You’re active, putting in the miles on your bike or your favorite pair of running shoes, so hydration should be a fact of life, right?
We hope so, but just in case, see how many of these facts you know:
1. Electrolytes are important, and so is eating properly. “Anyone suffering from hyponatremia hasn’t had too much water as much as they’ve had too little electrolytes,” said Mississippi Track Club president Jack Ward. “This is usually an extreme runner who pushes themselves to the limit and tries to keep their weight down by not eating properly.”
Drinks such as Powerade and Gatorade are fine for hydration, but experts say not to depend on them alone to keep your electrolytes in balance.
Suggestions: While energy bars are very popular, try a banana or bread and peanut butter before a long run. Both give the body plenty of ammunition to fight hyponatremia and are lower in sugar. Afterward, enjoy a meal or snack of beans, leafy greens or yogurt. All provide carbs for energy and sodium for electrolyte replenishment afterward.
Said author and sports dietitian Nancy Clark in an interview with www.fitbie.com: “Foods contain so many more electrolytes, as well as vitamins and other health-protective compounds. You can easily replace the 800 milligrams of sodium lost in two pounds of sweat during a hard, hour-long workout by enjoying a recovery snack of chocolate milk and a bagel with peanut butter.”
2. Tap water over bottled water. Women’s Health, womenshealthmag.com, reports that tap water has minerals such as sodium, calcium, magnesium and zinc that are not in purified or distilled waters, and tap water, unlike the bottled kind, has flouride to keep your teeth healthy.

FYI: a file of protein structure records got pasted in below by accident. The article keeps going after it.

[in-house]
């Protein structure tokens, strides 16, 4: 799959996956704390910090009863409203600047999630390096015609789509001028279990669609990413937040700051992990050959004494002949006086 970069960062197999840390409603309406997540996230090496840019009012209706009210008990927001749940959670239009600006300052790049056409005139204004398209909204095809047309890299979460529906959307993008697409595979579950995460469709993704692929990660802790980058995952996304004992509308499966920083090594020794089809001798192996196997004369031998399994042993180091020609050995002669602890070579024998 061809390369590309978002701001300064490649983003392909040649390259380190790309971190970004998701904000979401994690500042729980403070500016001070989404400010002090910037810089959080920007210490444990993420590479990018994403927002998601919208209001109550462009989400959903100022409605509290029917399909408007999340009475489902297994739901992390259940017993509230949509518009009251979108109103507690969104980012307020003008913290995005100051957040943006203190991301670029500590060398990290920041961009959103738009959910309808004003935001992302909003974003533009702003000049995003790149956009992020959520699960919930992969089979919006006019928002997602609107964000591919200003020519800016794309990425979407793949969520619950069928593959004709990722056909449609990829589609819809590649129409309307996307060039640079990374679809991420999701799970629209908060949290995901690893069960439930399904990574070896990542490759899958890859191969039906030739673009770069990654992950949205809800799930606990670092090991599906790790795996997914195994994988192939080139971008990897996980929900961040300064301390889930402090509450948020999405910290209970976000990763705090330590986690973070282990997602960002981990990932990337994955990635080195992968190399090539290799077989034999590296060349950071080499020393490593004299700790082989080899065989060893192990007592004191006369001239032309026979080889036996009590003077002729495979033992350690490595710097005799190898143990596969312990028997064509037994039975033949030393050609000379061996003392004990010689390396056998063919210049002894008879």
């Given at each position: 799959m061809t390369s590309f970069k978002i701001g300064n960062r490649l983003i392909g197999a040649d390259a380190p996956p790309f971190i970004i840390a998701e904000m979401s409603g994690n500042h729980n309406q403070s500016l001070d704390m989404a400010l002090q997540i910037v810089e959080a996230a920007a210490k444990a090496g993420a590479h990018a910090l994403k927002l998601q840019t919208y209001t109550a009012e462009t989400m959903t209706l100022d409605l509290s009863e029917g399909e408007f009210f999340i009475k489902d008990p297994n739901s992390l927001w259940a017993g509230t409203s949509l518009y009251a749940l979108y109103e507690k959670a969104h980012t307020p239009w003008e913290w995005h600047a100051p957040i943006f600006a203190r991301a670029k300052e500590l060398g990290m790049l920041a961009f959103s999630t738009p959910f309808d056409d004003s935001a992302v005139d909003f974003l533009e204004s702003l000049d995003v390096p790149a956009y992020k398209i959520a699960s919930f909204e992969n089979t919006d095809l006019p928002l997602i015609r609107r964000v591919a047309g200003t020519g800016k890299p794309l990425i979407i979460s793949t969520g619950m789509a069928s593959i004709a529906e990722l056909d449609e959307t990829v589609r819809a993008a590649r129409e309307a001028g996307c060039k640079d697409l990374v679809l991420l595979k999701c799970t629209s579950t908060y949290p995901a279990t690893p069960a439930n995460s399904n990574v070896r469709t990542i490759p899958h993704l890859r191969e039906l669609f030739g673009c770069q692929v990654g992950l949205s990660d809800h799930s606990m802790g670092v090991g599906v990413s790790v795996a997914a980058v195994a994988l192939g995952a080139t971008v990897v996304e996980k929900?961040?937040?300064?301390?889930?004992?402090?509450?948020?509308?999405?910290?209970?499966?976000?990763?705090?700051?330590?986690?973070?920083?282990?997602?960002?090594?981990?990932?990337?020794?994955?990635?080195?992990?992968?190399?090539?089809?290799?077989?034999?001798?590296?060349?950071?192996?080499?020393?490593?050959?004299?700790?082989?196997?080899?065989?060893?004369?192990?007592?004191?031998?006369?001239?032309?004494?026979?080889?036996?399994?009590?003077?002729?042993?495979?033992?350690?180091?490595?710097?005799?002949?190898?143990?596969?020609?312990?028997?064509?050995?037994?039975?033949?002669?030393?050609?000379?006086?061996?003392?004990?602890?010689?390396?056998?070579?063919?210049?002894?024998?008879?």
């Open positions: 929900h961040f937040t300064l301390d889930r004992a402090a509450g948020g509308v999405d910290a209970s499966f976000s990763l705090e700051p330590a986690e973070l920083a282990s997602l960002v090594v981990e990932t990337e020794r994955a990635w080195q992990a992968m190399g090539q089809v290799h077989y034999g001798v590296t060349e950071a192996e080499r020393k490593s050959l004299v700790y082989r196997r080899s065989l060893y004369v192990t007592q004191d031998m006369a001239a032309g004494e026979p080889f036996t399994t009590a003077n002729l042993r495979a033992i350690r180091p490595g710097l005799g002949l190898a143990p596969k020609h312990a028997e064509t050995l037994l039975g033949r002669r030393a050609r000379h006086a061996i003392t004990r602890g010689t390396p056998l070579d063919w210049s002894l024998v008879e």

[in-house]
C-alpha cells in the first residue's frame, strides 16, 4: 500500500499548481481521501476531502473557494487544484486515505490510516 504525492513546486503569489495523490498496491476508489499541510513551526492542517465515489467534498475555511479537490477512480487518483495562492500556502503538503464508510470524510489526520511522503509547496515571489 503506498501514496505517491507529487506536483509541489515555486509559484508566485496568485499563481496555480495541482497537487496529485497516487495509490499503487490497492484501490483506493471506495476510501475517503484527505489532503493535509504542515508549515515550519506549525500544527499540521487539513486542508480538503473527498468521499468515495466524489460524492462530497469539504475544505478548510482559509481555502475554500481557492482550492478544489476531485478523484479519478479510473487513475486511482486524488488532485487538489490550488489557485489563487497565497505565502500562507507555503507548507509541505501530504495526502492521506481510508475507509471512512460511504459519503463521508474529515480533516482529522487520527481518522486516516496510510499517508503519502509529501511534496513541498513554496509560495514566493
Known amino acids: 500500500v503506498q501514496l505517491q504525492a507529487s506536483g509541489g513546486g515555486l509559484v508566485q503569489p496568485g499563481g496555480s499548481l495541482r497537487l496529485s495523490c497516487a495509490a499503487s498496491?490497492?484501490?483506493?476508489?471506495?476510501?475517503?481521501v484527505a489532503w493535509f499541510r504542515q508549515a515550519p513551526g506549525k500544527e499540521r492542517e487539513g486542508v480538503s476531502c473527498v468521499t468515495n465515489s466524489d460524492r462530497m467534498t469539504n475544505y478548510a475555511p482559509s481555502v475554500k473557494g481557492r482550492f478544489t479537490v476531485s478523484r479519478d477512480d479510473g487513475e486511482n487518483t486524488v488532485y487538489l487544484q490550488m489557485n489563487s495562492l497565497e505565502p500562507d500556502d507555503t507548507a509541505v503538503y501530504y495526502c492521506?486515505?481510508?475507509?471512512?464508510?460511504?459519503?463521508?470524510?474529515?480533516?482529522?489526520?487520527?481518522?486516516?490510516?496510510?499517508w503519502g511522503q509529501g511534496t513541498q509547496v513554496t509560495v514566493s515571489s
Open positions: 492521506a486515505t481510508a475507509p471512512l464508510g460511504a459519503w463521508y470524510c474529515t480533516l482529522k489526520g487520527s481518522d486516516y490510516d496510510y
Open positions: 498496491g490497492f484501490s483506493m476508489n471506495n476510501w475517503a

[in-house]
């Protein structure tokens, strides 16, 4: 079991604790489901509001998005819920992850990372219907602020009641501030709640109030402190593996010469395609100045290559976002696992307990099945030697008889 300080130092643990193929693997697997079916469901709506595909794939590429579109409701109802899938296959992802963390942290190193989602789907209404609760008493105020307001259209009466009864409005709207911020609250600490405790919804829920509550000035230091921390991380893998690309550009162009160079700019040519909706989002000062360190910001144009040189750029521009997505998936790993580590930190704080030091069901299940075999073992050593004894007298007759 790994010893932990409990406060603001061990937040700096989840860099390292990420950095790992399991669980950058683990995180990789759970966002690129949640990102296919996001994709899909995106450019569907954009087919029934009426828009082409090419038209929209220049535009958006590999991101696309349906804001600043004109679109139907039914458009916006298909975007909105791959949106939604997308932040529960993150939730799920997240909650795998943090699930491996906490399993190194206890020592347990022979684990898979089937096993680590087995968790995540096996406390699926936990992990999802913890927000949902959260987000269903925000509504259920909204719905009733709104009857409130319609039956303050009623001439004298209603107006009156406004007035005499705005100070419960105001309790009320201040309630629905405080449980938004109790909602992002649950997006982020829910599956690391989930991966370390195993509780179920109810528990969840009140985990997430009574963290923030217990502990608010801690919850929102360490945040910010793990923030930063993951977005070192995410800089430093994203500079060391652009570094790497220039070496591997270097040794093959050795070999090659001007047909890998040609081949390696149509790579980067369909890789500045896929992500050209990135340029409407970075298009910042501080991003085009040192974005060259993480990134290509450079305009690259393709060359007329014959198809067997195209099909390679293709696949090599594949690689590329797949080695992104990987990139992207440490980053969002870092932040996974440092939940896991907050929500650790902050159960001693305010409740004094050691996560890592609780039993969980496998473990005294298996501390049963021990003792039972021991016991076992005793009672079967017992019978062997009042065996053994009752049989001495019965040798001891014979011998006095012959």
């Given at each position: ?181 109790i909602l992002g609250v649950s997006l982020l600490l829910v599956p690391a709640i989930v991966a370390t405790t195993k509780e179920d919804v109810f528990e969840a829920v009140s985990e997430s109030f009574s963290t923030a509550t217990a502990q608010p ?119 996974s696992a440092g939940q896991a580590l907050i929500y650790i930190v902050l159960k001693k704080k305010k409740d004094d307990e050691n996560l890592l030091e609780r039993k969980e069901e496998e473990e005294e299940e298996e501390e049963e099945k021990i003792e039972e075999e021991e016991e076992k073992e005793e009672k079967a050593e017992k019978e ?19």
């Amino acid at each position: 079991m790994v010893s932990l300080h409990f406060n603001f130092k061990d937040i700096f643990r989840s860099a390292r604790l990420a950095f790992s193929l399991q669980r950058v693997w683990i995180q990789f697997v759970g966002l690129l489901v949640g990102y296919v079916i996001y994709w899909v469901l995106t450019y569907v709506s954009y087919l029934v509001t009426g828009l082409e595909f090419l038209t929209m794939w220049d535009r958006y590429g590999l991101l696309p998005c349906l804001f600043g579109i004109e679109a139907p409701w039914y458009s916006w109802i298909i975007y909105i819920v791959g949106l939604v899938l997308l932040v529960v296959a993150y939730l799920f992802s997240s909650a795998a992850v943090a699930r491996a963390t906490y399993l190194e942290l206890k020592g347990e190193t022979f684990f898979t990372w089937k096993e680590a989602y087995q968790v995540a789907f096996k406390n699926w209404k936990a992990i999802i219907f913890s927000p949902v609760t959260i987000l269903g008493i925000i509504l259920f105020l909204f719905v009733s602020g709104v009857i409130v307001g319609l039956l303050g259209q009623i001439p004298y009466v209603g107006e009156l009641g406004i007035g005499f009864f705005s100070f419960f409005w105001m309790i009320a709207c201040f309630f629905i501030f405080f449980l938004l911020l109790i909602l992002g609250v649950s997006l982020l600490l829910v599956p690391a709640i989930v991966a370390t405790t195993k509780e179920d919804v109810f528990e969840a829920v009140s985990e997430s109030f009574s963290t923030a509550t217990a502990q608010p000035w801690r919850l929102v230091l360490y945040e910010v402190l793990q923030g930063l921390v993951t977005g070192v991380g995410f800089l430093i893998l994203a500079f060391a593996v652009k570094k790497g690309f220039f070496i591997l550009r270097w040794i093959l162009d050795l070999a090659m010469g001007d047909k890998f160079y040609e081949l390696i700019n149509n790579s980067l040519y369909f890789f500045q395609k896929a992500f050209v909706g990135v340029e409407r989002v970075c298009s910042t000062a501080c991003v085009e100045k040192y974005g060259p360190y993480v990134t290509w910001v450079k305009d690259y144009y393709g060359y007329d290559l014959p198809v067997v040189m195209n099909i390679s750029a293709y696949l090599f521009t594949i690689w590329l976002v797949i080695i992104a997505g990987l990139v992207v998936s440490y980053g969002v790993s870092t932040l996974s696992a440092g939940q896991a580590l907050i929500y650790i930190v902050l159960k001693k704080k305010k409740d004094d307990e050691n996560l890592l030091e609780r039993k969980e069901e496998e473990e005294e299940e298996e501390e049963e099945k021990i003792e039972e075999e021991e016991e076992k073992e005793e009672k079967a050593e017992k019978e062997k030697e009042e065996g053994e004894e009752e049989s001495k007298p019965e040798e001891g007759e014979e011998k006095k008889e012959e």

3. All beverages are not created equal. Coffee, tea and soda and alcoholic drinks can have diuretic effects, so they will not hydrate you the way water will. Don’t skip the water because you had iced tea with lunch.
4. Men and women are created differently.
Vive la difference, but men tend to need more water than women. The average woman needs about 11 cups each day, while men should make sure they have about 15 cups, according to the University of Rochester Medical Center’s website.
5. Don’t depend on being thirsty. Experts say that when you feel thirst, your body is probably already screaming for hydration. Drink more when you’re out in warm weather and out enjoying your favorite sport.
6. There is such a thing as too much of a good thing. We’re told to stay hydrated while exercising on hot days. But too much hydration can cause hyponatremia, which can be fatal. Hyponatremia, also known as intoxication to water, occurs when the body’s electrolytes become diluted from a loss of sodium. The symptoms are similar to dehydration: confusion, disorientation, muscle weakness and vomiting.